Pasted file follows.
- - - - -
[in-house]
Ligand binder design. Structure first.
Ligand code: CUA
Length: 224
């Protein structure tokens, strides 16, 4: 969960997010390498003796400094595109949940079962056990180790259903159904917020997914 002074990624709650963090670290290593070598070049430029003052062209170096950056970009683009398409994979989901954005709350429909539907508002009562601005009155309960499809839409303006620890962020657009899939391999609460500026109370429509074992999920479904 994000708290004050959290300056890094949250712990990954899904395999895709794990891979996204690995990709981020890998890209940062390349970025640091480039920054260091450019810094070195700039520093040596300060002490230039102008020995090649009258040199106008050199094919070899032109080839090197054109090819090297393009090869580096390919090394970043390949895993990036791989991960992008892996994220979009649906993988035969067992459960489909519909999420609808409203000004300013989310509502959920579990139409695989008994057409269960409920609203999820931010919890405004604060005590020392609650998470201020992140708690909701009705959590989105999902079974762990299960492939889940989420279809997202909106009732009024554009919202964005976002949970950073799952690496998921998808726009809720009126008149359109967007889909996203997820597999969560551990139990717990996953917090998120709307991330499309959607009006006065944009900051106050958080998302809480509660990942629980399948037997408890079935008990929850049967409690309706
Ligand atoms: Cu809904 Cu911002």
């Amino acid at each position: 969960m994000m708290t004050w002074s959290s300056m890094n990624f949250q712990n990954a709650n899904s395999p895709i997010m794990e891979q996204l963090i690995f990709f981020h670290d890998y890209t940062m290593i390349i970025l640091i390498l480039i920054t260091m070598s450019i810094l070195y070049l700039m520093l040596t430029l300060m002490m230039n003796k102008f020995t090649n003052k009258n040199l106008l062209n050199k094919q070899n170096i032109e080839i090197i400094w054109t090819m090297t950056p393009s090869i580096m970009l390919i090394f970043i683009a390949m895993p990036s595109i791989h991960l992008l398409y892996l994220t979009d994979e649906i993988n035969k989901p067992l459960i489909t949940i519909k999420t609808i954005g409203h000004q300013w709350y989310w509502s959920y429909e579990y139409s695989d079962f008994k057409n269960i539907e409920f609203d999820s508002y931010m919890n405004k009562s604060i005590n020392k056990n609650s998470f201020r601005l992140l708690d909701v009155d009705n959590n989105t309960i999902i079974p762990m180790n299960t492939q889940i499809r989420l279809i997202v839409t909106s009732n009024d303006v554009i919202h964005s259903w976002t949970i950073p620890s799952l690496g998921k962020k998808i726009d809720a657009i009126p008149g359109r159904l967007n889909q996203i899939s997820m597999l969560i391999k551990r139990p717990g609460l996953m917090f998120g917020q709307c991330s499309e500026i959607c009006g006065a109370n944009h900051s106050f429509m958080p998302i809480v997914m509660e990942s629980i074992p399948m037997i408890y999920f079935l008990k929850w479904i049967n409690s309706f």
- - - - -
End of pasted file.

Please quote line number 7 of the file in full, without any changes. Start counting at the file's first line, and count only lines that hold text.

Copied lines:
């Amino acid at each position: 969960m994000m708290t004050w002074s959290s300056m890094n990624f949250q712990n990954a709650n899904s395999p895709i997010m794990e891979q996204l963090i690995f990709f981020h670290d890998y890209t940062m290593i390349i970025l640091i390498l480039i920054t260091m070598s450019i810094l070195y070049l700039m520093l040596t430029l300060m002490m230039n003796k102008f020995t090649n003052k009258n040199l106008l062209n050199k094919q070899n170096i032109e080839i090197i400094w054109t090819m090297t950056p393009s090869i580096m970009l390919i090394f970043i683009a390949m895993p990036s595109i791989h991960l992008l398409y892996l994220t979009d994979e649906i993988n035969k989901p067992l459960i489909t949940i519909k999420t609808i954005g409203h000004q300013w709350y989310w509502s959920y429909e579990y139409s695989d079962f008994k057409n269960i539907e409920f609203d999820s508002y931010m919890n405004k009562s604060i005590n020392k056990n609650s998470f201020r601005l992140l708690d909701v009155d009705n959590n989105t309960i999902i079974p762990m180790n299960t492939q889940i499809r989420l279809i997202v839409t909106s009732n009024d303006v554009i919202h964005s259903w976002t949970i950073p620890s799952l690496g998921k962020k998808i726009d809720a657009i009126p008149g359109r159904l967007n889909q996203i899939s997820m597999l969560i391999k551990r139990p717990g609460l996953m917090f998120g917020q709307c991330s499309e500026i959607c009006g006065a109370n944009h900051s106050f429509m958080p998302i809480v997914m509660e990942s629980i074992p399948m037997i408890y999920f079935l008990k929850w479904i049967n409690s309706f």